About Twin Falls
Twin Falls was another gorgeous series of waterfalls that tumbled about 180m from its escarpment into the shadowy depths below.
Contrasting the neighboring Jim Jim Falls, this waterfall didn’t quite have the dramatic plunge, but it did feature many segments and drops so it had a completely different character about it.
From the shadowy gorge at its base (we did happen to visit in the late afternoon), we also could see that this waterfall was more sandwiched in a narrow gorge possibly creating a more intimate experience at its base.
Of course, we’re only speculating on that last bit about intimate experiences because we were unable to experience the falls by land as a late season cyclone all but ensured that there’d be too much water to open the Jim Jim Road in June 2006.
Jim Jim Falls and Twin Falls
Speaking of neighboring Jim Jim Falls, it seemed like a visit to Twin Falls would typically be combined with Jim Jim Falls.
I guess we could’ve combined the writeup on this page to that one.
But instead of cluttering the Jim Jim Falls page with two big waterfalls, we thought we had enough to say about this waterfall on its own so we gave it its own page.
Like Jim Jim Falls, we had to time our visit in order to get the best of two competing requirements – i.e. good flow from the Wet Season and accessibility typically available in the Dry Season.
Obviously, the longer we would wait in the Dry Season, the less flow this falls owuld have.
That was the primary reason why we tried to time our visit for the very start of the Dry Season in June.
Unfortunately, Mother Nature had other plans so we had to react and respond accordingly (hence the aerial photos you see on this page).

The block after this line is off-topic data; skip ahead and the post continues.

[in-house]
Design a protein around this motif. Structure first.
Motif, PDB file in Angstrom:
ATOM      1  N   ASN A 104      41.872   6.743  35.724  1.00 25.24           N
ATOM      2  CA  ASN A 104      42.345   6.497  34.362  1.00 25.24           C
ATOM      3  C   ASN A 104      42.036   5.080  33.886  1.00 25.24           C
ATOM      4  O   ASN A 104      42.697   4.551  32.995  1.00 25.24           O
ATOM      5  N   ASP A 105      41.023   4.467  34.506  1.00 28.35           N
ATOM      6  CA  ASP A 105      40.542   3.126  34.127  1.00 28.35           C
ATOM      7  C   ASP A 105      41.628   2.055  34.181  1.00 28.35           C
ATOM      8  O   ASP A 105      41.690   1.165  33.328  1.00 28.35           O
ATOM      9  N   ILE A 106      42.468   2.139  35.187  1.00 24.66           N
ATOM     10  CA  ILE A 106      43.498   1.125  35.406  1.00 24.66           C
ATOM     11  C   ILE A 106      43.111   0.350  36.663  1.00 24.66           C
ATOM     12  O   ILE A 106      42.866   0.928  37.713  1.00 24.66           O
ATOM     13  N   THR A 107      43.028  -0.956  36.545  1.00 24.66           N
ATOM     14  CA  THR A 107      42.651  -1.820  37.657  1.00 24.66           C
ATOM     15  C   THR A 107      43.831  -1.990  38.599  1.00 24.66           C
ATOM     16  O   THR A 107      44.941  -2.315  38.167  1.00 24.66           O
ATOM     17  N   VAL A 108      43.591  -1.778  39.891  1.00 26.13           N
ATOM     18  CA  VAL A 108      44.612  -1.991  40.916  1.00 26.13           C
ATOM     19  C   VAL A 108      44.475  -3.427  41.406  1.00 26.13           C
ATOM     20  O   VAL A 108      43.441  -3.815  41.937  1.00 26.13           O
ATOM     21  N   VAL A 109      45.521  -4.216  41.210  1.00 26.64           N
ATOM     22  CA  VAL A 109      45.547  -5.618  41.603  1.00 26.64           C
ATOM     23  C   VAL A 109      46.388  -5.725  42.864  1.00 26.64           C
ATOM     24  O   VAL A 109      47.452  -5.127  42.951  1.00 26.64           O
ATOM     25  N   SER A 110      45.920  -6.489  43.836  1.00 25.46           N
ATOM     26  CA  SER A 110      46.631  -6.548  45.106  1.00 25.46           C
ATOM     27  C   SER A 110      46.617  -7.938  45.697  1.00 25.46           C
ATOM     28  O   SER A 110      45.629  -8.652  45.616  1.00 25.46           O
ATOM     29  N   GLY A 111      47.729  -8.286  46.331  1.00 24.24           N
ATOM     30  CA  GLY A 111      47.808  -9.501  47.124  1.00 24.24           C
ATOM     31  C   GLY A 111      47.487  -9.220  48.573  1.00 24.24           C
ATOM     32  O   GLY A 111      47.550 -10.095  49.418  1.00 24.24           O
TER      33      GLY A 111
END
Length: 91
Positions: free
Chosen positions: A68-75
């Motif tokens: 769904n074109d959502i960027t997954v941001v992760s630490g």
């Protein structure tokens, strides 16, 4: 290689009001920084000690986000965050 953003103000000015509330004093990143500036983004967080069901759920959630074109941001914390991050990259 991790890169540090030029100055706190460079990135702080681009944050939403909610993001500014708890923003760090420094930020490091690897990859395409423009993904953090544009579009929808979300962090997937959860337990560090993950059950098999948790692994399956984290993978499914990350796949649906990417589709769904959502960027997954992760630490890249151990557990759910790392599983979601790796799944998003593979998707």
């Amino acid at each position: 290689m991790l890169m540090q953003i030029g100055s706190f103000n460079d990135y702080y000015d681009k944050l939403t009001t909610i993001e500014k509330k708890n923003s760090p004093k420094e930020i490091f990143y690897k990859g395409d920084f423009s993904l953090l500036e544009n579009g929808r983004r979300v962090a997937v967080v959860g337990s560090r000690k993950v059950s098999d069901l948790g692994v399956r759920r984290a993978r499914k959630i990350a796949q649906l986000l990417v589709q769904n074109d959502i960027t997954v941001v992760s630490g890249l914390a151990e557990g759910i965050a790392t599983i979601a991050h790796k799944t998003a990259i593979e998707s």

Speculations about the Land Tour Experience
Had we been able to do the land tour to Jim Jim Falls plus the option to continue onto Twin Falls, we would’ve had to ride the 4wd further along the road, which involved a crossing of Jim Jim Creek.
As part of that trade-off between good flow and accessibility, Jim Jim Creek might be deep enough to require a deep creek crossing.
In order for the vehicle to not stall in the water on such a crossing, it would have to be equipped with a snorkel to ensure water wouldn’t get into the most critical parts of the engine.
Once the 4wd driving section was done, we then were aware that we would either have to raft or canoe our way further upstream to the beach right by the gorgeous falls.
That said, the trail was said to be in the process of being upgraded in June 2022, which was the last time we tried to visit this waterfall by land (though to no avail because we were apparently two weeks too early).
Anyways, swimming was strongly discouraged as saltwater crocodiles were said to roam the area from time to time.
In any case, considerations like these were what compelled Julie and I to book with a land tour to handle such logistics.
So like with Jim Jim Falls, we’ll have to come back here to complete the Twin Falls experience.
Finally, in order to get the latest information about what’s open and what’s closed in Kakadu National Park, Parks Australia provides a Kakadu Access report, which is updated pretty frequently so you can consult it for your trip planning needs.
Twin Falls resides in Kakadu National Park near Jabiru in the Northern Territory. It is administered jointly by Parks Australia and the Bininj/Mungguy People. For information or inquiries about the area as well as current conditions, visit their website.
Typically Twin Falls is combined with an excursion (whether by land or by air) to Jim Jim Falls. See the Jim Jim Falls page for more detailed directions. By the way, on such a tour, we could have taken the all-day or multi-day land tour options that would leave from Cooinda, Jabiru or Darwin, respectively.
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